Another thing that would make a difference is whether or not a hole is punched through the fabric to insert the eyelet/grommet. A hole is made with an awl reduces the chance of the eyelet/grommet being pulled through. a punched hole increases the probability.

Finally the type of fabric being used will make a diffrence. The tighter the weave of the base fabric, the lower the chance of eyelet/grommet loss. Corset coutil has a very high thread count and is VERY tightly woven, just one more reason why it's the best fabric for the job!
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:icondepresedescapist:
depresedescapist Featured By Owner Feb 22, 2008  Hobbyist Digital Artist
Ah thank you for your input. You see, I have done over three hundred hours of research on corsetmaking, and have found that the majority of corsetieres have said to only use grommets, so when a poster asked about how her eyelets kept ripping out, I told her that she must use grommets as eyelets are not strong enough. In reply, a slew of posters (with thinly veiled hostility) said that they use eyelets and have had no problems, seemingly calling me some sort of immature child speaking with authority on a subject of which I know nothing, when I was really trying to help the poster based on a lot of research I had done. I'm honestly not sure what is happening to the community--it practically turned into a witch hunt, which I thought was incredibly silly. I still believe that grommets are best suited for corsetry and will last longer and are stronger than eyelets, as the majority of corsetmakers believe.
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:iconjanes-wardrobe:
Janes-Wardrobe Featured By Owner Feb 23, 2008  Professional Artisan Crafter
Unfortunately there are some people who only listen to their own limited experience and don't hear what other people are saying. There's also the language problem as we've seen in our exchange - even though we think we speak the same language in reality UK English is very different from US English. There are a lot of people who are unaware or ignorant of the differences, some of which are very subtle, and that can be the cause of some of the issues.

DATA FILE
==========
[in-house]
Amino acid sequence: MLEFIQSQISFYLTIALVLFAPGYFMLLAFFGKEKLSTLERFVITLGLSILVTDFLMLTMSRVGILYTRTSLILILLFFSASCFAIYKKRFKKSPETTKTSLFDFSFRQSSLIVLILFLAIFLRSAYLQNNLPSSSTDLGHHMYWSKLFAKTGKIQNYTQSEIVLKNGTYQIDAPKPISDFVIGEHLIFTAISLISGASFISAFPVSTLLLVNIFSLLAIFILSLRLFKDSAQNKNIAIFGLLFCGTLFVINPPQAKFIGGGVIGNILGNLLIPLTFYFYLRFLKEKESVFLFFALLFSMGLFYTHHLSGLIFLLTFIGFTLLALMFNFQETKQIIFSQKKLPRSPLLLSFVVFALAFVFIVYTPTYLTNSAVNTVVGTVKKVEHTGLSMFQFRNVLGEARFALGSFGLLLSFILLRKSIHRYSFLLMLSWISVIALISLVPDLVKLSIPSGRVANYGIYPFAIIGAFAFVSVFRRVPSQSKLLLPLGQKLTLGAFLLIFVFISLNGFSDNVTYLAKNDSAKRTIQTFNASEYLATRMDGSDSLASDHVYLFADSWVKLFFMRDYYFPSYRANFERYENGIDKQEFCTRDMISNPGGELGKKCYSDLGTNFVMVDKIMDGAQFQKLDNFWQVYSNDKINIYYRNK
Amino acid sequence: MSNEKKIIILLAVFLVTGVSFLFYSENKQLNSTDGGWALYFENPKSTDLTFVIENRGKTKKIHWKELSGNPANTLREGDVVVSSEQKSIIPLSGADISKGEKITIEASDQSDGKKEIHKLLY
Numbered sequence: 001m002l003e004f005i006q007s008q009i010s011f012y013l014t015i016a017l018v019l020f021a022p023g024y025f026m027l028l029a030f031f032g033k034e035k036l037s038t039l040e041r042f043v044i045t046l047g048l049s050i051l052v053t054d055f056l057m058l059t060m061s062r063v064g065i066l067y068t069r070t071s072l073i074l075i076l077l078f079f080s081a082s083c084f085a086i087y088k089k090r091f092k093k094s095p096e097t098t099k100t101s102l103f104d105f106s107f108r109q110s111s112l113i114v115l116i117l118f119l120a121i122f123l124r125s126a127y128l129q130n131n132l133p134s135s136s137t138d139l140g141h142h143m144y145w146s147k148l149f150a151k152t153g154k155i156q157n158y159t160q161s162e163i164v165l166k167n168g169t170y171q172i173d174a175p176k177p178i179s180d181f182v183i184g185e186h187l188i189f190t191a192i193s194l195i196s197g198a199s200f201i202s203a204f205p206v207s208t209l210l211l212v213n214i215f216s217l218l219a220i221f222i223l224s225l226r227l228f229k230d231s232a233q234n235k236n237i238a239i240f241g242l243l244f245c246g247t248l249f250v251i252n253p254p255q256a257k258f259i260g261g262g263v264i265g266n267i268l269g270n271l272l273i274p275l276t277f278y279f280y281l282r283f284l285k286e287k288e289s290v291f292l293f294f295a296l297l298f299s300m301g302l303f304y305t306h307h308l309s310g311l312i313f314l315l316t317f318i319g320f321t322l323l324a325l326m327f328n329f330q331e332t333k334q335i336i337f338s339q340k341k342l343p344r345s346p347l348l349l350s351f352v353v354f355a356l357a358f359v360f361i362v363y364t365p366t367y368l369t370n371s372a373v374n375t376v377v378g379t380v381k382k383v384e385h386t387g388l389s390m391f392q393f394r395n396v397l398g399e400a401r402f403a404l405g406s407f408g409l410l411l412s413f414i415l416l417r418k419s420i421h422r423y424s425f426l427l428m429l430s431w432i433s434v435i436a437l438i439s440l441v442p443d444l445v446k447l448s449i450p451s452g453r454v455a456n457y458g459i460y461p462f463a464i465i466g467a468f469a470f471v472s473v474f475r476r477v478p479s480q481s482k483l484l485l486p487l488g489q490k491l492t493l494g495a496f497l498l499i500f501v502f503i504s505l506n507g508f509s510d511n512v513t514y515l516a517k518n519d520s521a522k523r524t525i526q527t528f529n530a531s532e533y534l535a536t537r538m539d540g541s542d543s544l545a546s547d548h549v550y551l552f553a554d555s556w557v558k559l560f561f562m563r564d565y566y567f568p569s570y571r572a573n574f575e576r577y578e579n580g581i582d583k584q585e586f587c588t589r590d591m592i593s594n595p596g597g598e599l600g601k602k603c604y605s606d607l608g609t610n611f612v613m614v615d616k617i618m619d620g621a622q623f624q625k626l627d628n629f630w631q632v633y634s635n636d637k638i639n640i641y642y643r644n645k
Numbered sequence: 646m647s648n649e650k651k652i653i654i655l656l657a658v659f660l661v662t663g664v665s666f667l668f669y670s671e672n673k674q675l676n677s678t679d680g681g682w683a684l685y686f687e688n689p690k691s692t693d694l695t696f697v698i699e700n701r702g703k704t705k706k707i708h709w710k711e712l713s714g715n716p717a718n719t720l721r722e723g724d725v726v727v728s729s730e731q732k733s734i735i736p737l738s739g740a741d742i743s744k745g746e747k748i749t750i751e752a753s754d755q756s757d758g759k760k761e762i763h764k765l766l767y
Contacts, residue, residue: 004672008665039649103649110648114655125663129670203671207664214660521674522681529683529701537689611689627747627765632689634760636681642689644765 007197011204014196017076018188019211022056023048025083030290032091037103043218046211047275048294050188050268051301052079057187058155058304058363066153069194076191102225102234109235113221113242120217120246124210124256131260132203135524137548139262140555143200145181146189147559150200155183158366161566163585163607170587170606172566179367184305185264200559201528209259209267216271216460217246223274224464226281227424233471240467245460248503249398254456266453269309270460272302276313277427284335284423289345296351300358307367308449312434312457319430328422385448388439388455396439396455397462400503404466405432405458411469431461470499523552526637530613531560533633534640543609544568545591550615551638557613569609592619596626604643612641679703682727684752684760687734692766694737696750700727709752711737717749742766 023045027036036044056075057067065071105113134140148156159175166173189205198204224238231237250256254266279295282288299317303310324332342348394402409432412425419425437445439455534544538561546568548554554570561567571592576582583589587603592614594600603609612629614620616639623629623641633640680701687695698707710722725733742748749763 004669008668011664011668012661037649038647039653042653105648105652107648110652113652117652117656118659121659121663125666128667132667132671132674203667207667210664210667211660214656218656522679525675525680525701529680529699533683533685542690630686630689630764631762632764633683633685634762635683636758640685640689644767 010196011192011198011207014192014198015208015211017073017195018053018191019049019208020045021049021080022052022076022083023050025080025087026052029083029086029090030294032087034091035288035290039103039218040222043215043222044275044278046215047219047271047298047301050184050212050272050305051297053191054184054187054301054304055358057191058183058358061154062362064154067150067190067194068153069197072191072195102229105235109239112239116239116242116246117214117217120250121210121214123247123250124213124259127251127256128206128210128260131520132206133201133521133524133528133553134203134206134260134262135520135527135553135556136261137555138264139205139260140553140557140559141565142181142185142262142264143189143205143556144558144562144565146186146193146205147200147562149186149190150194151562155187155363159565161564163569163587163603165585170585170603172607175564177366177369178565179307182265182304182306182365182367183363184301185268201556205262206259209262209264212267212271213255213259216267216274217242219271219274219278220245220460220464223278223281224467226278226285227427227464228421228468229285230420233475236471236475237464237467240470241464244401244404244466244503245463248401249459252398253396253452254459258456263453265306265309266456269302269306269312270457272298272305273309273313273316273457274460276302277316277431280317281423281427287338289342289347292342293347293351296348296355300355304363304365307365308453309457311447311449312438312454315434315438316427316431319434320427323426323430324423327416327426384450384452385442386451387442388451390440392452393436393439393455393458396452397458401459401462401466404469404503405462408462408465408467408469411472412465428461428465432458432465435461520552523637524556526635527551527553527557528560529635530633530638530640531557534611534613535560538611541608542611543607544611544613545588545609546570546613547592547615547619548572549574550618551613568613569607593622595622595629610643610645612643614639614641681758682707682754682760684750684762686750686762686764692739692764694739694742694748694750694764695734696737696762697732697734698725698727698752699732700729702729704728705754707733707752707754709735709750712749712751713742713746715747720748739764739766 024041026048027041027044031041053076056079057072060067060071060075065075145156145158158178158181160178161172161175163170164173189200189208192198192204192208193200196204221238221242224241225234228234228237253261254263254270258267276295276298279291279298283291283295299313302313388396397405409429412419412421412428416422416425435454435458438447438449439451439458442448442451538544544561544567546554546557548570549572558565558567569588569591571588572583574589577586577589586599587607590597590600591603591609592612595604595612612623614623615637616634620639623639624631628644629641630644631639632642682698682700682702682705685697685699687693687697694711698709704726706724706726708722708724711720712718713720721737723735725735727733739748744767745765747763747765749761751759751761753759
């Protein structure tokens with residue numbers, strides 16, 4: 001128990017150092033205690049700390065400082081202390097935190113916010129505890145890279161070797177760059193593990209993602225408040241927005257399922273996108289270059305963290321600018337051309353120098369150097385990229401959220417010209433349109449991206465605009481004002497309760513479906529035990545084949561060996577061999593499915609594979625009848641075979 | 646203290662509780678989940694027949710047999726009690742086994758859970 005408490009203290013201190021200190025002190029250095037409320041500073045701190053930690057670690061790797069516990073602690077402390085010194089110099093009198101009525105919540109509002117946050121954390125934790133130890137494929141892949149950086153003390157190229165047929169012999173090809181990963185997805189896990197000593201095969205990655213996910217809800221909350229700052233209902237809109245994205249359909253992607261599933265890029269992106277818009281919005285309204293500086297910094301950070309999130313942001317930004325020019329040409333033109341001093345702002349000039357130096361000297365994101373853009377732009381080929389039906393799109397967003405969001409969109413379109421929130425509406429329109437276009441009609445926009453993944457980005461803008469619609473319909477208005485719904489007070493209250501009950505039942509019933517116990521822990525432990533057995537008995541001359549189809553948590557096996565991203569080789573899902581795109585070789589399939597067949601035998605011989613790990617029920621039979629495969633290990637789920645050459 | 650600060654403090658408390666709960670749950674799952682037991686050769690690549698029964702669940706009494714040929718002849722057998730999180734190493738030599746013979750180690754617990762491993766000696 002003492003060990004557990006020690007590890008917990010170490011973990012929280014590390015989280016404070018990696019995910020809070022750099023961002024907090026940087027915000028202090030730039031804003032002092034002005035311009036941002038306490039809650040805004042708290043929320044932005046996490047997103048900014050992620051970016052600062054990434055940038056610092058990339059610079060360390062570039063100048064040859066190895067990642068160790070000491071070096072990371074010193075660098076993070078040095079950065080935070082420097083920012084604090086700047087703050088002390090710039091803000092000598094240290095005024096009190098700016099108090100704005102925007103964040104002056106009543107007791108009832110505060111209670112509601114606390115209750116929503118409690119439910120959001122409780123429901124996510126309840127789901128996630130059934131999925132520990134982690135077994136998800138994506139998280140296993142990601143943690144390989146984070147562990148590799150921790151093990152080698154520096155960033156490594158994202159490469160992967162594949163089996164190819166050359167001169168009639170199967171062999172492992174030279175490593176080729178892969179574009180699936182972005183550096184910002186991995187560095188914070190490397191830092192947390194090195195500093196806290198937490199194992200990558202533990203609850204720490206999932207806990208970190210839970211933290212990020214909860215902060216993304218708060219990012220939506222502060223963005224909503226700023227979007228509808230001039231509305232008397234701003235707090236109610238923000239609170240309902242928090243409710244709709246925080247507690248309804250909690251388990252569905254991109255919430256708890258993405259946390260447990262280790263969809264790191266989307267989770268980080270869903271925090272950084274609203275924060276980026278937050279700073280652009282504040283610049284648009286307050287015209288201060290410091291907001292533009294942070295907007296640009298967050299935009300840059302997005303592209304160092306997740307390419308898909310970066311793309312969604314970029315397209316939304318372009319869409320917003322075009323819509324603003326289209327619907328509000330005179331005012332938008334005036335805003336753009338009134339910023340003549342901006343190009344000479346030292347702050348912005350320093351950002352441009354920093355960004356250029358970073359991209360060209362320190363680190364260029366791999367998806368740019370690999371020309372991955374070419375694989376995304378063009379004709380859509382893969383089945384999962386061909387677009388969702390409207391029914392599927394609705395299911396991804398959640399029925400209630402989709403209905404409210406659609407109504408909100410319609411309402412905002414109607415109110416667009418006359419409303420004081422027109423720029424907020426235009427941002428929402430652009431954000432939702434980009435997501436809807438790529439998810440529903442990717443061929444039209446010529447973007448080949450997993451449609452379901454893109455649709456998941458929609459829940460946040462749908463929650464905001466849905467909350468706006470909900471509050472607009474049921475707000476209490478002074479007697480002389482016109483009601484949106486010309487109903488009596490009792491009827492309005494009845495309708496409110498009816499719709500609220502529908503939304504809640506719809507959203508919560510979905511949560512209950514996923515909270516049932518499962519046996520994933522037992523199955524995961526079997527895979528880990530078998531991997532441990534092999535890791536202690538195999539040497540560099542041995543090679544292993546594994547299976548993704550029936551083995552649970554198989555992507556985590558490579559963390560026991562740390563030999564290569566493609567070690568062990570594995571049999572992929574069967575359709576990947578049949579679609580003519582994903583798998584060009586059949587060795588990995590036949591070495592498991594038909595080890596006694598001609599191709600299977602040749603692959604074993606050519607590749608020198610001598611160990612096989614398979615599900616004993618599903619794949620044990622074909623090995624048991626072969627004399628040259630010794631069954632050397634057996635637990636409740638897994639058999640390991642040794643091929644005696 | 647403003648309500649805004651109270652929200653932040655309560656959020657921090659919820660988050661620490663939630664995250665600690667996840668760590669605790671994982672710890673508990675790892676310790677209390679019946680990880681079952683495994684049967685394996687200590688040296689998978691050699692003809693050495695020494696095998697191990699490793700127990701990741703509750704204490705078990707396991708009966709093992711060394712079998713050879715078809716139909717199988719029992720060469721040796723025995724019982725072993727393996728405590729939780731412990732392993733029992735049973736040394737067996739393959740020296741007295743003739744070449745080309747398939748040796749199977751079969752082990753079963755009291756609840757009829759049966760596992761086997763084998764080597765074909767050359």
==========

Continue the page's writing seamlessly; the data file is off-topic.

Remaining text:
Oh well, I hope it's all sorted now.
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:icontaeliac:
taeliac Featured By Owner Jan 15, 2008  Professional Artisan Crafter
Holy crap, I love it!!~
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:iconjanes-wardrobe:
Janes-Wardrobe Featured By Owner Jan 16, 2008  Professional Artisan Crafter
Just wait til I get the paniers and petticoat done and I can take some good pics ;)
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:icontanyasimonesimpson:
TanyaSimoneSimpson Featured By Owner Jan 15, 2008
thats beautiful! the fabric is so luxurious looking.
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:iconjanes-wardrobe:
Janes-Wardrobe Featured By Owner Jan 15, 2008  Professional Artisan Crafter
Thank you - just a little bit different from Juggernaut eh?

It's a really heavy silk fabric I found about three years ago - I couldn't resist it but had no idea what I was going to use it for ;)
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:iconcelenai:
Celenai Featured By Owner Jan 15, 2008
Absolutely stunning. Beautiful brocade, but even more striking now that it's been put to such fantastic use. I bought my own sewing machine recently [excitement!], and bit by bit I'm trying to reaquaint myself with the wonderful world of dressmaking.
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:iconjanes-wardrobe:
Janes-Wardrobe Featured By Owner Jan 15, 2008  Professional Artisan Crafter
Thank you :hug:

I hope you enjoy getting re-acquainted with sewing ;D
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:iconcelenai:
Celenai Featured By Owner Jan 15, 2008